When I read about the Italians’ lack of successful operations during the Second World War, I get much the same reaction I did when I first started looking into Operation Sea Lion. The Italians are ridiculed to such an extent that I get suspicious. Were things really like that? Were the Italians total amateurs? Did none of their equipment work? This is how they are portrayed by many sources, particularly the British. A typical case is the Italian air contingent, known as the Corpo Aereo Italiano or CAI, sent to Belgium in late September and October 1940 to assist the Germans in the air war against the British
Mussolini was very keen on showing the Italian colors over Britain, mainly for propaganda reasons. In spite of little interest on the German side, an agreement was nevertheless made that the Italian Air Force would establish a combined air fleet operating out of bases in Belgium within their own dedicated operational sectors. The force was officially established on September 10, 1940, with the following units:
Corpo Aereo Italiano – commanded by Generale sa A Corso-Fougier
13th Stormo BT
Commanded by Colonello Carlo di Capoa and based at Melsbroeck equipped with Fiat BR.20M bombers. Comprising:
11o Gruppo commanded by Maggiore G. Mini and split into 1st and 4th Squadriglia;
43rd Gruppo commanded by Maggiore G. Monteleone and split into 3rd and 5th Squadriglia.
43th Stormo BT
Commanded by Colonello L. Questra and based at Chièvres, equipped with Fiat BR.20M bombers. Comprising:
98th Gruppo commanded by Maggiore G. Tenti and split into 240th and 241st Squadriglia;
99th Gruppo commanded by Maggiore G. Battista Ciccu and split into 242nd and 243rd Squadriglia.
56th Stormo CT
Commanded by Colonello Umberto Chiesa.
18th Gruppo (known as 18./JG56 by Luftwaffe) commanded by Maggiore Ferruccio Vosilla and split into 83rd, 85th and 95th Squadriglia, based at Ursel and equipped with Fiat CR.42 fighters;
20th Gruppo (known as 20./JG56 by Luftwaffe) commanded by Maggiore Mario Bonzano and split into 351st, 352nd and 353rd Squadriglia, based first at Ursel and then later at Maldegem and equipped with Fiat G.50bis fighters.
Commanded by Capitano C. Pirelli, at Melsbroeck and equipped with Cant Z.1007bis aircraft for tactical reconnaissance.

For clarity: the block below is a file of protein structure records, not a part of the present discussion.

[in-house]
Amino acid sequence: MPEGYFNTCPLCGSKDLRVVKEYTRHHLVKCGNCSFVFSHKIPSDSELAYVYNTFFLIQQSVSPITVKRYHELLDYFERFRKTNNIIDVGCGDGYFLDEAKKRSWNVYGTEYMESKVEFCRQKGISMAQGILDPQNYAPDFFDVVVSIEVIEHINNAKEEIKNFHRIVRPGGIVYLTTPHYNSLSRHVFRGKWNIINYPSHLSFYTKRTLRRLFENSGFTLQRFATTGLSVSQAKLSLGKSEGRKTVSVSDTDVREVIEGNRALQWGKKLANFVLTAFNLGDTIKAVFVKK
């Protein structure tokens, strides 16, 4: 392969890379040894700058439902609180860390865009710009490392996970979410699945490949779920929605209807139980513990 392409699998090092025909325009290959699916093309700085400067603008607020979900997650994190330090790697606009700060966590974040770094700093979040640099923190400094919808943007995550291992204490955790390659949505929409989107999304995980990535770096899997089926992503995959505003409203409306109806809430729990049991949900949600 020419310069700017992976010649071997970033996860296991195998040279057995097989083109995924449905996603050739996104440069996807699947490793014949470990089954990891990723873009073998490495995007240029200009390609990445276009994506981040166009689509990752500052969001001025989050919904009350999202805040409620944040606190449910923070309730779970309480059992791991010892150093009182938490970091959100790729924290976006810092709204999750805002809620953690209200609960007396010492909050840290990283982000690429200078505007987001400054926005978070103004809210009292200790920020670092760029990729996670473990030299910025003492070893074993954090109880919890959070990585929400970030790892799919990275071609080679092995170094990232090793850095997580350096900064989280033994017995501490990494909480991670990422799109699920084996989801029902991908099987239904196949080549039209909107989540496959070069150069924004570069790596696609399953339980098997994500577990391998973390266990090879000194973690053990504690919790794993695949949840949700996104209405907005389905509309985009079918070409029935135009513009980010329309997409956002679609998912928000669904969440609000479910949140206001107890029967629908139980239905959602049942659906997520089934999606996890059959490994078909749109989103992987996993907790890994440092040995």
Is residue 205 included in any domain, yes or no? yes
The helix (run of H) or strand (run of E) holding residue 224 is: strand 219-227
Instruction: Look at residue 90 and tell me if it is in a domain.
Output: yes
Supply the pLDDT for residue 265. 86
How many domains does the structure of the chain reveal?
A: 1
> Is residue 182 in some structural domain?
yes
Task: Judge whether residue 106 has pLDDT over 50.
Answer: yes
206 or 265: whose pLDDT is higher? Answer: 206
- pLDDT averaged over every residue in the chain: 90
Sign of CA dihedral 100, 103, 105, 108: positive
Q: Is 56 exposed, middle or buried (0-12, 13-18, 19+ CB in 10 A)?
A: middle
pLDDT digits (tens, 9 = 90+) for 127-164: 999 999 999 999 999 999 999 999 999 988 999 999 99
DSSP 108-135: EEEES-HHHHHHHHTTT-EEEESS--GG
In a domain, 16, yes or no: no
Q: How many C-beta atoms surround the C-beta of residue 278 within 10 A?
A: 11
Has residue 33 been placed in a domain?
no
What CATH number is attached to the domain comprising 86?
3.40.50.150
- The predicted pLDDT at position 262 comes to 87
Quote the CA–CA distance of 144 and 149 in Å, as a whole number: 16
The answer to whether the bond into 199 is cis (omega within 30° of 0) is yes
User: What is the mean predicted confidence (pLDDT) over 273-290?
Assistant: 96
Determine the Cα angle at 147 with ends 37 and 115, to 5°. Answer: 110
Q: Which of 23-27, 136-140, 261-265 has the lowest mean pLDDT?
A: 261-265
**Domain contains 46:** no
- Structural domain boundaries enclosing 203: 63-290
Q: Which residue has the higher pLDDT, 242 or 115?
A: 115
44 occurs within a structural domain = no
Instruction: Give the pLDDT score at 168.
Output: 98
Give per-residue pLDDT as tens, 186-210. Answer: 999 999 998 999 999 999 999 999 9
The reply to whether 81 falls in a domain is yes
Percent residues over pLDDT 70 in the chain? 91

Seemingly a well-balanced force, the Corpo Aereo Italiano consisted at the planning stage of two wings of each 40 bombers and a similar number of fighters of the Fiat CR.42 and Fiat G.50bis types. For reconnaissance there were some three-engine Cant Z.1007bis, twelve Caproni 133Ts and one Savoia-Marchetti S.75, with nine Ca164s for communications. A Ju 52 was also loaned to the Italians to operate as a transport link between the main base in Belgium, Evere, and Rome. The bomber wings consisted of the Fiat BR.20M, in all approximately 200 aircraft.
Most of the bombers arrived at the Chievres airbase, Belgium on September 27th, 1940, the day of invasion if the decision had been made on the last practical day, September 17th. Three of the 40 aircraft of the 43rd Wing crashed en route due to icing and technical problems, and some made intermediate landings in Germany to fly on later. One of the 37 aircraft of the 18th Wing also crashed, and some others made fuel and oil stops on their way. In the afternoon there were 60 Italian bombers on Belgian soil.
Could these have made a difference in the upcoming air/naval battles around the south-eastern coast of England?
The fighter complement of the Corpo Aereo Italiano did not arrive in Belgium until a couple of weeks later, so the Italian bombers would have had to operate without their own dedicated fighter escort or with German escorts. That actually took place a couple of times during the fall. To operate without fighter escort against the enemy navy would be less risky than intruder missions over British territory as regards enemy fighter defense. Mainly because the Fighter Command would have problems with flying combat air patrols all the time, but also because it probably already would swarm with German planes from the dedicated anti-ship units (and others) around any enemy naval incursions. As it was the CAI did not fly its first mission before October 23, 1940, simply because its fighters were delayed from Italy, but that does not mean that their bombers could not have started independent operations in the case of an ongoing invasion. Both their bombers and reconnaissance planes could certainly have contributed to the total invasion effort, but the general opinion is that the Italians were totally useless, nothing more than sitting ducks for the RAF. A proper look into the subject shows that they performed as well, if not better, than their opponents’ bomber units at the time.
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